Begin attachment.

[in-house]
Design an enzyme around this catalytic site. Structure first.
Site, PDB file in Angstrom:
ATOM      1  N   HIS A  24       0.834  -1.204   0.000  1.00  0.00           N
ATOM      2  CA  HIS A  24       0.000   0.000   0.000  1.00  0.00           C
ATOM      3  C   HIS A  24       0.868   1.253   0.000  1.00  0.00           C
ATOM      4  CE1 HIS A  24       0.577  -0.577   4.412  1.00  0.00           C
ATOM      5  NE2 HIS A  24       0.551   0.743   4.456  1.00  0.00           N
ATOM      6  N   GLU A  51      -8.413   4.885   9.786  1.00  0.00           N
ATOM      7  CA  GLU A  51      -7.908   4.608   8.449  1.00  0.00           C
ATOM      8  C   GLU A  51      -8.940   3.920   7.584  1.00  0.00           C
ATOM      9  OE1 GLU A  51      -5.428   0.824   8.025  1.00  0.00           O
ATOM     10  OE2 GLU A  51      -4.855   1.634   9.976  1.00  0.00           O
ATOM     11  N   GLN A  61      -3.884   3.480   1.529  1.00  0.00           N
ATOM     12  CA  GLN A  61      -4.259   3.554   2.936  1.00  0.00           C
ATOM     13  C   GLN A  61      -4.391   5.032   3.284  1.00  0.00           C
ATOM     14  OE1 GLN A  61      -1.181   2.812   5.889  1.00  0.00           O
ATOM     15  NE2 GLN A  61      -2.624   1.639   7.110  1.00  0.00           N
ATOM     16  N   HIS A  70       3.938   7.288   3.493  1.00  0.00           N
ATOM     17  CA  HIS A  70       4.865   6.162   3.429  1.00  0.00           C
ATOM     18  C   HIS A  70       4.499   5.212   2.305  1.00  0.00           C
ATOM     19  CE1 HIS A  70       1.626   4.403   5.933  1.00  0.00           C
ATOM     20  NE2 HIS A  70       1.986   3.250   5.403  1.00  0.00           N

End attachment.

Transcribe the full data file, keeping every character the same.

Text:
[in-house]
Design an enzyme around this catalytic site. Structure first.
Site, PDB file in Angstrom:
ATOM      1  N   HIS A  24       0.834  -1.204   0.000  1.00  0.00           N
ATOM      2  CA  HIS A  24       0.000   0.000   0.000  1.00  0.00           C
ATOM      3  C   HIS A  24       0.868   1.253   0.000  1.00  0.00           C
ATOM      4  CE1 HIS A  24       0.577  -0.577   4.412  1.00  0.00           C
ATOM      5  NE2 HIS A  24       0.551   0.743   4.456  1.00  0.00           N
ATOM      6  N   GLU A  51      -8.413   4.885   9.786  1.00  0.00           N
ATOM      7  CA  GLU A  51      -7.908   4.608   8.449  1.00  0.00           C
ATOM      8  C   GLU A  51      -8.940   3.920   7.584  1.00  0.00           C
ATOM      9  OE1 GLU A  51      -5.428   0.824   8.025  1.00  0.00           O
ATOM     10  OE2 GLU A  51      -4.855   1.634   9.976  1.00  0.00           O
ATOM     11  N   GLN A  61      -3.884   3.480   1.529  1.00  0.00           N
ATOM     12  CA  GLN A  61      -4.259   3.554   2.936  1.00  0.00           C
ATOM     13  C   GLN A  61      -4.391   5.032   3.284  1.00  0.00           C
ATOM     14  OE1 GLN A  61      -1.181   2.812   5.889  1.00  0.00           O
ATOM     15  NE2 GLN A  61      -2.624   1.639   7.110  1.00  0.00           N
ATOM     16  N   HIS A  70       3.938   7.288   3.493  1.00  0.00           N
ATOM     17  CA  HIS A  70       4.865   6.162   3.429  1.00  0.00           C
ATOM     18  C   HIS A  70       4.499   5.212   2.305  1.00  0.00           C
ATOM     19  CE1 HIS A  70       1.626   4.403   5.933  1.00  0.00           C
ATOM     20  NE2 HIS A  70       1.986   3.250   5.403  1.00  0.00           N